With Six Sigma, Hershey’s Kisses Errors Goodbye
To sweeten operations at its sales fulfillment warehouse, Hershey’s turns to Six Sigma. Using the rigorous process analysis methodology, the facility improves productivity and throughput while cutting labor costs.
What does an organizational theory with mathematical roots have to do with chocolate? Plenty, if the theory is Six Sigma, and the chocolate company is Hershey’s.
In its continual quest for process improvement, the manufacturer of such products as Hershey’s Kisses, Reese’s Peanut Butter Cups, and KitKat joined the small, but growing rank of companies applying the Six Sigma methodology to logistics.
While long popular in manufacturing, Six Sigma, which uses data and statistical analysis to identify defects in a process or product, is still fairly new in logistics and supply chain management.
The methodology of Six Sigma stems from the Greek letter Sigma’s use in statistics—it indicates the standard deviation from an ideal level of operation. At each level of sigma, the standard deviation decreases. Companies embracing Six Sigma aim for a process improvement goal of near perfection: 3.4 defects per million opportunities, or, literally, six sigma.
Six Sigma’s benefits for logistics operations include process improvement, cost reduction, and increased operational efficiency. Ultimately, it helps companies take a long, hard, rational look at their supply chain processes, determine root causes for problems, and find out what—besides blindly applying technology—will lead to process improvement, says Tim Konrad, senior vice president, Six Sigma, for GENCO, a Pittsburgh-based third-party logistics provider.
“Technology applied to a bad process just makes more bad things faster,” Konrad explains. “If companies improve the process, then they can apply technology effectively and achieve the desired results.”
Biting Into Six Sigma
In partnership with GENCO, Hershey’s underwent a Six Sigma implementation to root out errors and increase productivity and throughput at its Lebanon, Pa., sales fulfillment warehouse. The DC supports the company’s sales and marketing department, sending samples of chocolates, as well as sales and marketing materials, to nearly 1,400 field sales representatives around the country.
Hershey’s was already working with GENCO to manage two of its five U.S. finished goods warehouses, so turning to the 3PL to help improve sales fulfillment operations was a natural fit.
“We had a relationship with GENCO for finished goods, so we looked at its sales fulfillment solution when we decided to outsource,” says Andy Bowman, manager, sales fulfillment and administrative services for Hershey’s.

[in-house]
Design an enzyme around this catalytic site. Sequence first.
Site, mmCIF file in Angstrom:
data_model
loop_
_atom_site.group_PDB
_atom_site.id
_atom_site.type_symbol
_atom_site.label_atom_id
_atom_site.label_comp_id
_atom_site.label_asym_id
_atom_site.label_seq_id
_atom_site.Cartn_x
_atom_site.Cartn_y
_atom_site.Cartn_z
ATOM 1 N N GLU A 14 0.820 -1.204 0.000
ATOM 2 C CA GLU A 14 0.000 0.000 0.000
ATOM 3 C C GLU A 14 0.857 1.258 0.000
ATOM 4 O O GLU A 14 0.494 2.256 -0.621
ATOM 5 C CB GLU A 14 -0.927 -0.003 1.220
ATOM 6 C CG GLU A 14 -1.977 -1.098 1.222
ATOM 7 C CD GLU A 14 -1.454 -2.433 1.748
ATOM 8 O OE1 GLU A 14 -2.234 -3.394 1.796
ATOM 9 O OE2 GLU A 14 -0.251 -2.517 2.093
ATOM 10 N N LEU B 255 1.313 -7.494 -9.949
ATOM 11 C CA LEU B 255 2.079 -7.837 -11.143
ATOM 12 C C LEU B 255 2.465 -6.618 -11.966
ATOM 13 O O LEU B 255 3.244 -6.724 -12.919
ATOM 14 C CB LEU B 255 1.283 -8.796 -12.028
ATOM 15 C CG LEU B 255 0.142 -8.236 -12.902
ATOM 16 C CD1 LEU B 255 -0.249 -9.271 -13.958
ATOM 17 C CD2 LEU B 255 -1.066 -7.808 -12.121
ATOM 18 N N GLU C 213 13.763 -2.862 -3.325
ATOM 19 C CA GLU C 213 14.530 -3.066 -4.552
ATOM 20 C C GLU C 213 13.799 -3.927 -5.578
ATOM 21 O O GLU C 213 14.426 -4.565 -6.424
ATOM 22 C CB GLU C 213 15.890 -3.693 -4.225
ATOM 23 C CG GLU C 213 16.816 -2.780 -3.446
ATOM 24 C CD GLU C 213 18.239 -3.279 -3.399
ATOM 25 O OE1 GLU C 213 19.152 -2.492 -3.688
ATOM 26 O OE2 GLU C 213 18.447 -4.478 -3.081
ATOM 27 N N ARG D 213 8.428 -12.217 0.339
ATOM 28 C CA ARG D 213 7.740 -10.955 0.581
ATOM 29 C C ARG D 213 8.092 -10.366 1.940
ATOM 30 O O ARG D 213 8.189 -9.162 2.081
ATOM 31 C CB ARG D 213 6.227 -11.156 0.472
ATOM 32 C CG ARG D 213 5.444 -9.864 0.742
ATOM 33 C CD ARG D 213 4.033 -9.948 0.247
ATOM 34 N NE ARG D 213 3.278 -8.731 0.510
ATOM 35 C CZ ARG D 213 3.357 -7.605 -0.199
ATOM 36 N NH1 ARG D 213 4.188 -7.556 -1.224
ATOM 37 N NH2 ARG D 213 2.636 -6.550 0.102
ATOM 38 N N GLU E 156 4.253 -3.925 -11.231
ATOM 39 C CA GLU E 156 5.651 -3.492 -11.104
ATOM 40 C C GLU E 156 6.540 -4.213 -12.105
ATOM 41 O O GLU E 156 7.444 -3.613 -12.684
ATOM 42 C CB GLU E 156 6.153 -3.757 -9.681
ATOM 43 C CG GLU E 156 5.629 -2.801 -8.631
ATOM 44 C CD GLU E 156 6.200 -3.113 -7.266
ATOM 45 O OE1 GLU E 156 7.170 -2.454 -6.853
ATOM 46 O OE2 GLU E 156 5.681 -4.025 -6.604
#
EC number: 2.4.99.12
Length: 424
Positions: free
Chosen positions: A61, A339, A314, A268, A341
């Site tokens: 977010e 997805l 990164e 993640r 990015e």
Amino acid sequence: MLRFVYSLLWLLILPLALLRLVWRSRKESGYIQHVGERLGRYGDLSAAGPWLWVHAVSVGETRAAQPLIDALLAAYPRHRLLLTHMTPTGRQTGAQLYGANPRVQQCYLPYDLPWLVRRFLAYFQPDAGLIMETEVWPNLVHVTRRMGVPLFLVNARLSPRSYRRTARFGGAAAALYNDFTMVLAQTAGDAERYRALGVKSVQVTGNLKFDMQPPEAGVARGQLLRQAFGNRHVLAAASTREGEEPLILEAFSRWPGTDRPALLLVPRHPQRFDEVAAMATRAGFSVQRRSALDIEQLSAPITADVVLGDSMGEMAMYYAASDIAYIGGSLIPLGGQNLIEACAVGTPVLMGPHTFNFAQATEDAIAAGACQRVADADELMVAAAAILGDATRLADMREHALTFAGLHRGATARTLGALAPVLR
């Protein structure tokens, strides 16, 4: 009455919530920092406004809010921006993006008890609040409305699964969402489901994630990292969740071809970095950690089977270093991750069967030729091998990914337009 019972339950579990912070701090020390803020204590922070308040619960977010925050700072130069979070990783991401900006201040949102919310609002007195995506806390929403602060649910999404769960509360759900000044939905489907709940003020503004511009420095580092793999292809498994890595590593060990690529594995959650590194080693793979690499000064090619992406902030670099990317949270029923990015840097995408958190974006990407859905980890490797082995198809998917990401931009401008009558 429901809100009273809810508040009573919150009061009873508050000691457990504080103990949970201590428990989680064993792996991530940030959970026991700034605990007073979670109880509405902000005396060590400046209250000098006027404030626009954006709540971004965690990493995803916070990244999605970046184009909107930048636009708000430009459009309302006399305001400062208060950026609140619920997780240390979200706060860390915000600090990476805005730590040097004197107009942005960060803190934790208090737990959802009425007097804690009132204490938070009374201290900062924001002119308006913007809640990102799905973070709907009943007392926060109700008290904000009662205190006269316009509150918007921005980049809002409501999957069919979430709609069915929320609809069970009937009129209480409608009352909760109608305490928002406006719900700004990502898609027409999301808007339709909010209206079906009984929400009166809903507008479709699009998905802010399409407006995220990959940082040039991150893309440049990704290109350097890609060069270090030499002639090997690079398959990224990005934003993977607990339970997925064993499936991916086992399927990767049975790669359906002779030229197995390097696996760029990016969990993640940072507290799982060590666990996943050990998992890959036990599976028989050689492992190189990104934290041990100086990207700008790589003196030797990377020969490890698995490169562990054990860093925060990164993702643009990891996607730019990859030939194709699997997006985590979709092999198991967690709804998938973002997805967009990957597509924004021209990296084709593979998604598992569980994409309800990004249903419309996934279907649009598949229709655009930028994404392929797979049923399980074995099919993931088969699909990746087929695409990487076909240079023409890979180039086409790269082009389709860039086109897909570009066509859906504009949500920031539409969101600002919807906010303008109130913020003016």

GENCO and Hershey’s collaborated to develop a web ordering system sales reps use to order samples and merchandising material, as well as a software solution for inventory management and warehousing. GENCO handles distribution, order processing, and customer service, ensuring that the Hershey’s reps have everything they need to meet with clients such as Safeway, Albertson’s, CVS, and Wal-Mart, or to present at trade shows and conferences.
In all, GENCO helps Hershey’s fulfill about 4,000 shipments per month through the Lebanon DC.
Though the fulfillment process was effective, Bowman was looking to further improve the DC’s throughput and efficiency. GENCO had achieved success with other clients using Six Sigma and felt the sales fulfillment group could benefit from the rigorous process analysis.
“This Hershey’s division had an established workforce, and was open to bringing new ideas into the operation to gain efficiencies, making it a great fit for Six Sigma,” says Gary Siefert, vice president, Six Sigma, who headed up the project for GENCO.
Though Six Sigma is a high-end management theory, the Hershey’s/GENCO project wasn’t limited to suit-and-tie employees. In fact, hourly warehouse workers in the Lebanon DC were central to the project.
“Facility managers tell you the way processes are supposed to work, but employees on the floor tell you the way processes actually work,” says Siefert.
After collecting data on the Lebanon DC’s facility costs, margin, accuracy, and cycle counts, among other metrics, GENCO developed a “critical-to-satisfaction” tree detailing the elements crucial for customer satisfaction—including cost, quality, and delivery—and what affects them. Then the team drew up a process map of all functions within the four walls.
“We realized workers were performing steps they thought were correct but weren’t being done exactly the right way,” says Siefert.